We had another room that required a lot of repair and then skim coating, where the son did the "final finishing". It's a poor job with pocking, sanding grooves, etc. We are spackling any problem areas, and then going to roll a second coat of the SS 270.
We will post again with the results.
We have finished applying all 5 gallons of the SuperSpec 270. It is a good product and we will use it again (minus the lazy sheetrockers!!)
It does have a 4.2 mil thickness when dry. It completely filled in all the sanding grooves. It also filled in areas of small pocking when I "worked it in" using a 4" roller with a larger nap. There are so many of these, I will need to go back with a light and fill in more, but the amount of improvement MINUS more sheetrock dust is significant, plus it serves as the primer coat for barely any more $$.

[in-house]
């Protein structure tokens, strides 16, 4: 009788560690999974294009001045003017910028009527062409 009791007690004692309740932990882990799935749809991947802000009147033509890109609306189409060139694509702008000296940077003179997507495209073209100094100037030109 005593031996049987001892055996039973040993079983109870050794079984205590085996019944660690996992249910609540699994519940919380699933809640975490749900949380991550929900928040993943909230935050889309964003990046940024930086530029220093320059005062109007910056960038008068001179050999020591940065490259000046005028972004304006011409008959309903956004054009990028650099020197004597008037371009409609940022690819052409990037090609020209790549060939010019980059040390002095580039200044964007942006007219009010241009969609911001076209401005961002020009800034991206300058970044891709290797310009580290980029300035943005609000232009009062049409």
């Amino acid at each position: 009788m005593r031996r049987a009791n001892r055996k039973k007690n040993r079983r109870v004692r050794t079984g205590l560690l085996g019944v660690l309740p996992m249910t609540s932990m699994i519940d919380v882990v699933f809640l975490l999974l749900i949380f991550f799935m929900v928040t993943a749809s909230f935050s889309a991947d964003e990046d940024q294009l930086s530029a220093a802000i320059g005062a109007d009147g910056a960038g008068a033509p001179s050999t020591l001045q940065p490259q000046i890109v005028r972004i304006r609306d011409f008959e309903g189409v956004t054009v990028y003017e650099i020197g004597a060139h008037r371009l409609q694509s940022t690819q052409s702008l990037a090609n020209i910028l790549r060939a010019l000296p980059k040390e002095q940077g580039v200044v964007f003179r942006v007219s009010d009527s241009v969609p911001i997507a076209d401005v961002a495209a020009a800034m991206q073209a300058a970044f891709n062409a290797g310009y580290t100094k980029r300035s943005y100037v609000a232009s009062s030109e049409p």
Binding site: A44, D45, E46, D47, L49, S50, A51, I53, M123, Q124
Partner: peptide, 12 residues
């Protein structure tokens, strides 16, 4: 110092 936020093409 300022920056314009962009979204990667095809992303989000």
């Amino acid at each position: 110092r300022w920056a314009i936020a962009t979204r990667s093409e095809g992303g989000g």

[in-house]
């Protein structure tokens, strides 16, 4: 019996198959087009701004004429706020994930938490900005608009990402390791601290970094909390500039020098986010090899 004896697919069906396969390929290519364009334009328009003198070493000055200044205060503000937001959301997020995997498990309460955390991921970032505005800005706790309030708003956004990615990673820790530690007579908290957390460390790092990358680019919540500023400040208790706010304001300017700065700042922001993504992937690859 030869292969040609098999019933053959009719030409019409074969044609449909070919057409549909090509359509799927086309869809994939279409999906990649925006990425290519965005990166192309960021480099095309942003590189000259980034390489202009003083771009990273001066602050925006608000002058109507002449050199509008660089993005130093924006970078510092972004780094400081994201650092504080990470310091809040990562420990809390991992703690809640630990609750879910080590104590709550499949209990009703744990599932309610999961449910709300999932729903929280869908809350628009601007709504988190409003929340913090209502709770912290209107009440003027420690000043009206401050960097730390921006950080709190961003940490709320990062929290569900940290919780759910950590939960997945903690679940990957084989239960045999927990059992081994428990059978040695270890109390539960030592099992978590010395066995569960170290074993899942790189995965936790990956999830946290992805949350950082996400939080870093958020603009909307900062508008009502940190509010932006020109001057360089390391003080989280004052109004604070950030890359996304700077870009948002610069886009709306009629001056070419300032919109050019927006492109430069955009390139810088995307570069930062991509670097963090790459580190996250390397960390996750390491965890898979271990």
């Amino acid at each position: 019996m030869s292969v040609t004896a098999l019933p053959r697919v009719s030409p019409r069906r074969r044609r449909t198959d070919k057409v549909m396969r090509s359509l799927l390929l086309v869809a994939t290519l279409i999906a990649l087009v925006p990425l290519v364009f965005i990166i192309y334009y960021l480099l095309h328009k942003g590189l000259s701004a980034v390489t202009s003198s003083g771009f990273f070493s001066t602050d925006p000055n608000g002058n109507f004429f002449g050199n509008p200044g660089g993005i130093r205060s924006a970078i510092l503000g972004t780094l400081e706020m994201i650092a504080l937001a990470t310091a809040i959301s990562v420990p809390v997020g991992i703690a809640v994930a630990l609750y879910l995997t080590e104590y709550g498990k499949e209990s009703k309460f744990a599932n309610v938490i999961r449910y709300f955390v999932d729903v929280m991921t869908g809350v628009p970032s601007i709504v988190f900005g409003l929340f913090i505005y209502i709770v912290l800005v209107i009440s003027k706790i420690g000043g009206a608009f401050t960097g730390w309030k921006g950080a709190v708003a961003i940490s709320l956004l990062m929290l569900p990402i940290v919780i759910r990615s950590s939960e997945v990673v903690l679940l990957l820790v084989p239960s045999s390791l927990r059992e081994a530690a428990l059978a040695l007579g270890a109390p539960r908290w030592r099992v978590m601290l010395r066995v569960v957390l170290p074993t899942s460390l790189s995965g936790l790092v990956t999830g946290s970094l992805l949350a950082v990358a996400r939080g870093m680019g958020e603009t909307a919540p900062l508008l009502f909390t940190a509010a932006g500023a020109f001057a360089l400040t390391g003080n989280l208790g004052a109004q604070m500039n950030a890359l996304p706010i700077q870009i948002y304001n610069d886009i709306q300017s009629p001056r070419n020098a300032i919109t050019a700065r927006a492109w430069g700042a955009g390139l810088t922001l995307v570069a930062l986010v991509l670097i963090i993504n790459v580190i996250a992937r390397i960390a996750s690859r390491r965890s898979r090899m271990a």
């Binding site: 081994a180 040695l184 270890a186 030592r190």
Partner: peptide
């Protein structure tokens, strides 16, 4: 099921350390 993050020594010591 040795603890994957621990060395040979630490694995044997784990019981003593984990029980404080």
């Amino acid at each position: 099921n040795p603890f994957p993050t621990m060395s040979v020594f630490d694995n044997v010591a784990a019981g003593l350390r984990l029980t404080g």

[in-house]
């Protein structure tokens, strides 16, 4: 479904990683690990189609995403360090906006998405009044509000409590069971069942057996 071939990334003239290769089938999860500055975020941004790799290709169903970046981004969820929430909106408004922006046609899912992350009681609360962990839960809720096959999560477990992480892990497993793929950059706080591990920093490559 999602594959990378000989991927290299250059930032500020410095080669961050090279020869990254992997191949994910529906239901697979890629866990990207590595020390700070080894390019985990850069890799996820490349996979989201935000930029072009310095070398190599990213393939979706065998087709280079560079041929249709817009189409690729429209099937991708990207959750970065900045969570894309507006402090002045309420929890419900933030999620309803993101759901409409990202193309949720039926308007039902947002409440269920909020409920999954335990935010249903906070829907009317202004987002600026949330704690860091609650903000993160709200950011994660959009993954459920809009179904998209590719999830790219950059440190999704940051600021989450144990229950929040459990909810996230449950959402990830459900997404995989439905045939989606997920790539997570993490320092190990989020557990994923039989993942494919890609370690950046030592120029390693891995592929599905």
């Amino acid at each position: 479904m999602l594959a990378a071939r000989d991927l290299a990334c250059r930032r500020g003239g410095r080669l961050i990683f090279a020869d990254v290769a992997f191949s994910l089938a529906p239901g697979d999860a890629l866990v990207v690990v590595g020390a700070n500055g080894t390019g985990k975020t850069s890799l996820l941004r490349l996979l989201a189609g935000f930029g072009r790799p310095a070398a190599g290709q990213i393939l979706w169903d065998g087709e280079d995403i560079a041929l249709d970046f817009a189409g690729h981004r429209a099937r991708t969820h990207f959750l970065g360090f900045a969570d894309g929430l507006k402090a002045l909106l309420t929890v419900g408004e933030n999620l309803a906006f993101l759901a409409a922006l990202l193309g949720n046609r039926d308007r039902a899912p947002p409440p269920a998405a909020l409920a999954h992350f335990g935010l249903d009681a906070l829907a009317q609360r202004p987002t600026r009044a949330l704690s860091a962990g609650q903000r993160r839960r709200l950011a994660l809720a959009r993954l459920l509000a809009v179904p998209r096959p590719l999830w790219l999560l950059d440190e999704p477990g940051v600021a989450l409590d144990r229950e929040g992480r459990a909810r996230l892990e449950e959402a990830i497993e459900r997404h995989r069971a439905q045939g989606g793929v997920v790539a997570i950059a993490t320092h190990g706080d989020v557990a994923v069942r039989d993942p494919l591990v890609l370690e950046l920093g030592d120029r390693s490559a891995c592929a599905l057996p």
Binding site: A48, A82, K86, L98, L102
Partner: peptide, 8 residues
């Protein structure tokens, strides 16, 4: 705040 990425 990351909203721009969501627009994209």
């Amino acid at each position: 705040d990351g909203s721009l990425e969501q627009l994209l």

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Old 03-07-2013, 03:31 PM   #35
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Priming walls


Pocks and all kinds of fish eyes are showing up after
priming with an airless system.

The final coat of mud that was used was dust control cgc.
Do i have to skim coat the entire wall or do something else
to prevent this from happening.

What could have gone wrong?
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Old 03-07-2013, 03:38 PM   #36
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So after all that talk about rollers you just blew it with an airless? and I bet you didn't backroll..

Pocks have been explained as air holes in the mud- not unusual and taken care of after the prime.
But fish eyes are usually a problem of enamel on another hard sealed finish with some kind of contaminate. On mud it is almost unheard of.. more info..
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Old 03-07-2013, 04:27 PM   #37
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PVA (Polyvinyl acetate) is a clear resin that paint primers are made from. PVA resin, when brushed out, feels rubbery. How each manufacturer builds from there is why some painters love PVA wall sealers and some do not.